HHDS.02 - Engineering and the Healthcare Delivery System

This is Chapter 2 of 50 in a summary of the textbook Handbook of Healthcare Delivery Systems. Go to the series index here.

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Chapter 2 Summary
Engineering and the Healthcare Delivery System

Chapter Authors
Proctor P Reid - National Academy of Engineering
W. Dale Compton - Former professor at Perdue University, and a past VP of Research at Ford Motor Company

The engineering profession can make important contributions to ongoing efforts to make healthcare delivery safe, efficient, patient-centred, timely, and equitable.

The authors make the case, that engineers play an important role in helping fix healthcare.

1.  Engineering Systems

Systems are: “large numbers of entities that operate collectively to meet a set of objectives”. For example: telecommunications systems, trucking systems, energy systems, manufacturing systems.

“A well defined, efficient operating system requires that the overall objectives be clearly understood by all elements of the system, that feedback loops be supported by good communications and controls, and that some entity be in charge of the system and responsible for ensuring that its performance meets its stated goals”
“The reason we seldom hear about a healthcare delivery “system” is that healthcare delivery was never designed as a system and does not operate as one. Rather, as David Lawrence notes in the pervious chapter, healthcare delivery as a whole is fragmented, disorganized, and unaccountably variable”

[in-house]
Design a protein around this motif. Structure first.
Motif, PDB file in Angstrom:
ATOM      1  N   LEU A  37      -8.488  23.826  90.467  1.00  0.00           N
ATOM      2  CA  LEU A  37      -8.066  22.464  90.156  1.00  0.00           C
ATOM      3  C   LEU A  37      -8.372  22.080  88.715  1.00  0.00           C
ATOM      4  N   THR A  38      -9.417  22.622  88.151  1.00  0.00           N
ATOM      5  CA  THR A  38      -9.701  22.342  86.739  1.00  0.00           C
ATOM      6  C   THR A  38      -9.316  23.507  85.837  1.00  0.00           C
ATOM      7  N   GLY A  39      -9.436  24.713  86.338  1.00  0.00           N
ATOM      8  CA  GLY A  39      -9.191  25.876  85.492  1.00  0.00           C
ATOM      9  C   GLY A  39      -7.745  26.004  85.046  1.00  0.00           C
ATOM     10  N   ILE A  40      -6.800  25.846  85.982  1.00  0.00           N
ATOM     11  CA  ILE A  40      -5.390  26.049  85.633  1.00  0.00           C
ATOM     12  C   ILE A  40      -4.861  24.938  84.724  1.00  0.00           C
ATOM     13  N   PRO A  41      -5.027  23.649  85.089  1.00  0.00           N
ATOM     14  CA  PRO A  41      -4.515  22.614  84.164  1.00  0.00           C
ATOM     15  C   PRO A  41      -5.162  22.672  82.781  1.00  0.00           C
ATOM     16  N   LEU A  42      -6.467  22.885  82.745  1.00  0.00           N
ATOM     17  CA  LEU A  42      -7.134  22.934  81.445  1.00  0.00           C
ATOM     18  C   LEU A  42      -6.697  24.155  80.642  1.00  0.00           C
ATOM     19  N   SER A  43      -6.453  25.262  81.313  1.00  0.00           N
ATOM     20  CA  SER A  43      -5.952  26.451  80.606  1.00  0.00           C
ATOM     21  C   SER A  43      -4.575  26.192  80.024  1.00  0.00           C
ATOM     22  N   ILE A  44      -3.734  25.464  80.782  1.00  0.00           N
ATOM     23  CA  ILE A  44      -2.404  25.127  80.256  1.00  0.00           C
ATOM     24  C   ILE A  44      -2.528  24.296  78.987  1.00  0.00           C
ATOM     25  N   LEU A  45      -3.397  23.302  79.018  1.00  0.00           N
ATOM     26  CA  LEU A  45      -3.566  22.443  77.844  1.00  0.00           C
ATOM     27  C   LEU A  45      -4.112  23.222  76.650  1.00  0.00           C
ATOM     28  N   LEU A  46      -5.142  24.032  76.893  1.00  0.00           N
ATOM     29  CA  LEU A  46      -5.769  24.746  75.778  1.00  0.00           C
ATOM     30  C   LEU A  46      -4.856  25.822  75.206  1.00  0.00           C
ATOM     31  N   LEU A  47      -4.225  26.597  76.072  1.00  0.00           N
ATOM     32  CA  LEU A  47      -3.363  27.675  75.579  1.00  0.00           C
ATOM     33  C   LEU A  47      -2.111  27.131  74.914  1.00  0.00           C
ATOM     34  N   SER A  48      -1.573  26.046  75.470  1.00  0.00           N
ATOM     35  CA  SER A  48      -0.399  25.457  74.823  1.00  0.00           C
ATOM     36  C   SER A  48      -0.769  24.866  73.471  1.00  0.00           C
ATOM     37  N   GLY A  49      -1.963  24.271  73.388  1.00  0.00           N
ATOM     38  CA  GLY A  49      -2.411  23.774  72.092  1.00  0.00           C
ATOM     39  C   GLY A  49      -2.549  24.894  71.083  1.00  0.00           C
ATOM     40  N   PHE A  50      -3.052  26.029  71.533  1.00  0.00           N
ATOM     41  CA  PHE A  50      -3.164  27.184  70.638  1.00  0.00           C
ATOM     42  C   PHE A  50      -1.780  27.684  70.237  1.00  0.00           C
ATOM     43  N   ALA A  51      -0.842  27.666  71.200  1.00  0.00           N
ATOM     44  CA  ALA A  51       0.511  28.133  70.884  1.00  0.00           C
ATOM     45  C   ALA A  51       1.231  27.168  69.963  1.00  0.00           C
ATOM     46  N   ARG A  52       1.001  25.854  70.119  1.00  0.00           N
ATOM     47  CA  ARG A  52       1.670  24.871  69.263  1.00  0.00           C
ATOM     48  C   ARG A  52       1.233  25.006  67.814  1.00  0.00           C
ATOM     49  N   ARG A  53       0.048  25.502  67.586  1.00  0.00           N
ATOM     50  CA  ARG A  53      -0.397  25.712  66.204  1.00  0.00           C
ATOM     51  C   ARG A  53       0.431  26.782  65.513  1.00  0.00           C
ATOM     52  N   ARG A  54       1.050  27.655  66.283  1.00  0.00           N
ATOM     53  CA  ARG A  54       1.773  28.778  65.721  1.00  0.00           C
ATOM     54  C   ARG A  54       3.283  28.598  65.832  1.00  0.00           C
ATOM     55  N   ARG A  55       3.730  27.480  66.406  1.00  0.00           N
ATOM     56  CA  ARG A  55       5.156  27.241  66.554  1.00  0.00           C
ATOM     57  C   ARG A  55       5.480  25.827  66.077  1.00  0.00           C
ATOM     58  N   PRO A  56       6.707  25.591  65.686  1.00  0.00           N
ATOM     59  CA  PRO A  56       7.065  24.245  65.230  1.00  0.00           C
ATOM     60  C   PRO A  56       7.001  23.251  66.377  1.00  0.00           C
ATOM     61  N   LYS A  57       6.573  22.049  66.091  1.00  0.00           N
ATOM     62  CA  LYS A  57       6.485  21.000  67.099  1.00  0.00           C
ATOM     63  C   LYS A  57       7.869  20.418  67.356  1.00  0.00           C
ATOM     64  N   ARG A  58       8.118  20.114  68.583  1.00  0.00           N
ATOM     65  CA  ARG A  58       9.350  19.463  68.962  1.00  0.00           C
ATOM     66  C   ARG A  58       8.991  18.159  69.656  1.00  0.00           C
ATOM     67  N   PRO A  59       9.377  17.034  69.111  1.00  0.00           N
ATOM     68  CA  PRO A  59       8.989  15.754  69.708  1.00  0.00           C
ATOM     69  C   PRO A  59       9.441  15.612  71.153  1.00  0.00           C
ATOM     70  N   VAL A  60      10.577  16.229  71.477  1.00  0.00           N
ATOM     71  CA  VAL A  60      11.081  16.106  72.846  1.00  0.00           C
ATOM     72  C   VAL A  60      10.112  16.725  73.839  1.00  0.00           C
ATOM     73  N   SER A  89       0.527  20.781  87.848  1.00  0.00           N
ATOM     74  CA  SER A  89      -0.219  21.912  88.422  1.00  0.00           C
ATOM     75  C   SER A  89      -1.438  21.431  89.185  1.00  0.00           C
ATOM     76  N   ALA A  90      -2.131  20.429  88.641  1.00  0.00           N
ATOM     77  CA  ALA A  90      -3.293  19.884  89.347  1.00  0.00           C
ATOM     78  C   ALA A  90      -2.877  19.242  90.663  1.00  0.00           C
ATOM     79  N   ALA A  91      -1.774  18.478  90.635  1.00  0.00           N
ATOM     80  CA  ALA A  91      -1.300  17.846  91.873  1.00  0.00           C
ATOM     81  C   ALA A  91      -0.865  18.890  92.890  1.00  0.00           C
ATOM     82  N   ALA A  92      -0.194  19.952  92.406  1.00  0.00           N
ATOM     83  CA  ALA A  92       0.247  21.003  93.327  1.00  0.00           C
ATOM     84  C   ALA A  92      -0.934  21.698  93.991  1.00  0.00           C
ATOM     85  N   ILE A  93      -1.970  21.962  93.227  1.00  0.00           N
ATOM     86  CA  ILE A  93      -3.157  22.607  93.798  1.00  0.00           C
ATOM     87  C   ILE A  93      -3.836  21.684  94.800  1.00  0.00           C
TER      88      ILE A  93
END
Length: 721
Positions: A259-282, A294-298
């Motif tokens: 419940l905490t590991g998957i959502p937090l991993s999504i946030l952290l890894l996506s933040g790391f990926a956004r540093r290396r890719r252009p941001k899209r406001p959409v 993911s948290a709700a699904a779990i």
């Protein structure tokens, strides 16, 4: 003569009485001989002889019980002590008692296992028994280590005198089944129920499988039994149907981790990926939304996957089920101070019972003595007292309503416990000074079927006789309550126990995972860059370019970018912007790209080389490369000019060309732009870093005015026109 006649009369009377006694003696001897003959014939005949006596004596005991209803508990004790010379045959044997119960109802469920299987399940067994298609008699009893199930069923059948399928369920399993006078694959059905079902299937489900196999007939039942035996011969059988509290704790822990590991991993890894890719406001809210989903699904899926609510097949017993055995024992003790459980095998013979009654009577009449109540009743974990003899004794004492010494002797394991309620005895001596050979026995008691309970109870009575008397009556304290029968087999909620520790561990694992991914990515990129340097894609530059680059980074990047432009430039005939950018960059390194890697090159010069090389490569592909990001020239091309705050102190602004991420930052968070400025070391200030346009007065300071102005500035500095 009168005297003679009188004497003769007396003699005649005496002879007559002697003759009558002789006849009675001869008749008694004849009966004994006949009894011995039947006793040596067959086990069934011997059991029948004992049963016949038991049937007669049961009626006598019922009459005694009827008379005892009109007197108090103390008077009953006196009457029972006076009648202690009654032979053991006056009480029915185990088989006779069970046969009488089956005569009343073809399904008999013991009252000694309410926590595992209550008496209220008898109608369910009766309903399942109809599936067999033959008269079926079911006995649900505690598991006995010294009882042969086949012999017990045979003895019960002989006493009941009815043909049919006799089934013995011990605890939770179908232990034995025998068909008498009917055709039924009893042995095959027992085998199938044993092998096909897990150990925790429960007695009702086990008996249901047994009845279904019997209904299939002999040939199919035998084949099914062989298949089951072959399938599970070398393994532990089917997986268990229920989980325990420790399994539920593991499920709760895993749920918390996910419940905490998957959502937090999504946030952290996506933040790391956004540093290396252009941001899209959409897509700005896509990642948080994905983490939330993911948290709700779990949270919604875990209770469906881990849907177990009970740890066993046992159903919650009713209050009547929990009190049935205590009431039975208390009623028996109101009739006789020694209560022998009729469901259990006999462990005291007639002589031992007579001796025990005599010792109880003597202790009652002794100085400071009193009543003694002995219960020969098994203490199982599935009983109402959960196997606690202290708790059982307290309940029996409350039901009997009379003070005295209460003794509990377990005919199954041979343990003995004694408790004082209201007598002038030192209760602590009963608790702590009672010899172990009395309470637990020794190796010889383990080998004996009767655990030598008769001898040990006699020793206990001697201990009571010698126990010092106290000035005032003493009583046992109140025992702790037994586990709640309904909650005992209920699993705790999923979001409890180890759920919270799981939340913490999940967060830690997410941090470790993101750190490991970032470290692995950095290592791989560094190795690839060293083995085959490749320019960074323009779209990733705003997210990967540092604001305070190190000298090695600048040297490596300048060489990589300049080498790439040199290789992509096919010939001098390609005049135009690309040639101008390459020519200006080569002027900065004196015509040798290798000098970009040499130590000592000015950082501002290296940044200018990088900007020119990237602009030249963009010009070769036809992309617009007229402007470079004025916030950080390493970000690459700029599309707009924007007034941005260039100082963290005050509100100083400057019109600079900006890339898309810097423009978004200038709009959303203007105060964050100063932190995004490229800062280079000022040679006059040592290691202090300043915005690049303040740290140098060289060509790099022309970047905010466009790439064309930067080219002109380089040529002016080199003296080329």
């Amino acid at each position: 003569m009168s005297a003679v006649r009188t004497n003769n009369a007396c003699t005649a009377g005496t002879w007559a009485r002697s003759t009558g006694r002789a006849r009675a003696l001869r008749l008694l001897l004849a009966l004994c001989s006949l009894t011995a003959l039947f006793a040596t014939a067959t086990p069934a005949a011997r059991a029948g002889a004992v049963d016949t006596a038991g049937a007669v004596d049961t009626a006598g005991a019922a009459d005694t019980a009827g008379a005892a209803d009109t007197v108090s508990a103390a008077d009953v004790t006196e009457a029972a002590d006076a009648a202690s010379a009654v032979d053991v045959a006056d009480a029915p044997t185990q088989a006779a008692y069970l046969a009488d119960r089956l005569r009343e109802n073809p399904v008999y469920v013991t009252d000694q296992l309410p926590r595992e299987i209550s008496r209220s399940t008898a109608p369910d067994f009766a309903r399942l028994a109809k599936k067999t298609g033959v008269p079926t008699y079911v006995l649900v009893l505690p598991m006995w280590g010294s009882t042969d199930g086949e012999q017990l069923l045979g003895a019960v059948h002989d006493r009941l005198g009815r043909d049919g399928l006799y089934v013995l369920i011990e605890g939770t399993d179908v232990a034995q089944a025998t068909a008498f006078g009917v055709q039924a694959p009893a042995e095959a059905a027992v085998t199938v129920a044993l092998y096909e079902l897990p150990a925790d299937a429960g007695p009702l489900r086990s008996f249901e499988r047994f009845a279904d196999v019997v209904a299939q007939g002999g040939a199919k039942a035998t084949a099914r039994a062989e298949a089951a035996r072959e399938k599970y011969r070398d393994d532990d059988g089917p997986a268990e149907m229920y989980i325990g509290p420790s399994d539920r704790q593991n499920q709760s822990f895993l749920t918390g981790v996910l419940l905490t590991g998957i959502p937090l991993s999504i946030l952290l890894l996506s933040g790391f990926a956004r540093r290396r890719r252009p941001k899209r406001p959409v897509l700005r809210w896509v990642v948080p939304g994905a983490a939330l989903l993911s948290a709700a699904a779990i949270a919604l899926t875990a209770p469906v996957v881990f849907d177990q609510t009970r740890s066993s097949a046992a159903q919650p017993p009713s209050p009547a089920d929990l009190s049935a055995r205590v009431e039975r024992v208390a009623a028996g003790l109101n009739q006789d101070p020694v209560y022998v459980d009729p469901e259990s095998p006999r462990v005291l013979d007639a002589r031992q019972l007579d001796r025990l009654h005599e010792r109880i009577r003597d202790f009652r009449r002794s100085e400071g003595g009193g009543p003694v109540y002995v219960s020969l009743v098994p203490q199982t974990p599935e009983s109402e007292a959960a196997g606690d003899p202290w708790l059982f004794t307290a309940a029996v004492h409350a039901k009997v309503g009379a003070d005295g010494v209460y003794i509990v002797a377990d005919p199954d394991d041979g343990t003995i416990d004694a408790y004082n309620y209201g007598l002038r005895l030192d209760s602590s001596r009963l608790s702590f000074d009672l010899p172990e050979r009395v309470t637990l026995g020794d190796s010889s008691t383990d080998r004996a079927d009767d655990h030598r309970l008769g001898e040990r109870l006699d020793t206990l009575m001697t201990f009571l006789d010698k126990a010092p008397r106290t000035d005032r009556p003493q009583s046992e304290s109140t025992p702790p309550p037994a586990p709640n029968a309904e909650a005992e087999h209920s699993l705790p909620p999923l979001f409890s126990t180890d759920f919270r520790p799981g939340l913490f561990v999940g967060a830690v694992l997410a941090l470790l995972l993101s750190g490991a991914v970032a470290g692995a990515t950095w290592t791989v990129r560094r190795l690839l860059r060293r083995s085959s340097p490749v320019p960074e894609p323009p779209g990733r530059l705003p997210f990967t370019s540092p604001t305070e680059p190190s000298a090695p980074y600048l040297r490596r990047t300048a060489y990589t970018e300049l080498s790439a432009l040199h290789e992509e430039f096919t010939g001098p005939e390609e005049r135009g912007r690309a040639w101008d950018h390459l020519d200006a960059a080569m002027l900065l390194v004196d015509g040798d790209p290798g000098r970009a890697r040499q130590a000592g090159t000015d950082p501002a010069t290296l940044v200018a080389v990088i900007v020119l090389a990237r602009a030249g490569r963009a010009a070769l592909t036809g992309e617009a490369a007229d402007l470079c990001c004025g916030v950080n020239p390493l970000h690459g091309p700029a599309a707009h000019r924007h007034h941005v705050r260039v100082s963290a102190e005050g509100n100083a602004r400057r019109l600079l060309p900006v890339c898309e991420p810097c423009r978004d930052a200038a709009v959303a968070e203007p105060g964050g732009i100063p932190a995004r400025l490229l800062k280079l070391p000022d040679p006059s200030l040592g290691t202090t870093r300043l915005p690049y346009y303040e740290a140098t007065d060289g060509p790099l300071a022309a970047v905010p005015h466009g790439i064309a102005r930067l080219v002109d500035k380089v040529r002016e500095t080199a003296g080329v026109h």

2.  Quality of Healthcare

Per IOM 2000, “every year, more than 98,000 Americans die and more than one million patients are injured as a result of broken healthcare processes and system failures”
“The gulf between a rapidly advancing medical knowledge base and its application to patient care is growing. Little more than half of U.S. patients are treated with known 'best practices'"
“Poor quality is costly. Lawrence estimates that $0.30 to $0.40 of every dollar spent on healthcare, more than a half trillion dollars per year, is spent on costs associated with “overuse, underuse, misuse, duplication, system failures, unnecessary repetition, poor communication, and inefficiency”

What principles should guide how to improve things?  The 2001 Institute of Medicine Crossing the Chasm: A New Health System for the 21st Century report suggested six guiding principles

  1. Safe
  2. Effective
  3. Patient-centred
  4. Timely
  5. Efficient
  6. Equitable

Equitable here is defined as, "providing care that does not vary in quality because of personal characteristics, such as gender, ethnicity, geographic location, and socioeconomic status"


3.  System Tools

The contribution of engineers in industries outside of healthcare is widespread, in the ares of systems engineering, industrial engineering, operational research, human-factors engineering, financial engineering/risk analysis, materials/microelectromechanical systems engineering.

Alan Pritzker defines a system approach as: “a methodology that seeks to ensure that changes in any part of the system will result in significant improvements in total system performance”

Ideally, in healthcare we can build systems analysis that will demonstrate how the system is performing, how it will respond to changes, and inform us when it is getting off track.


4.  Challenges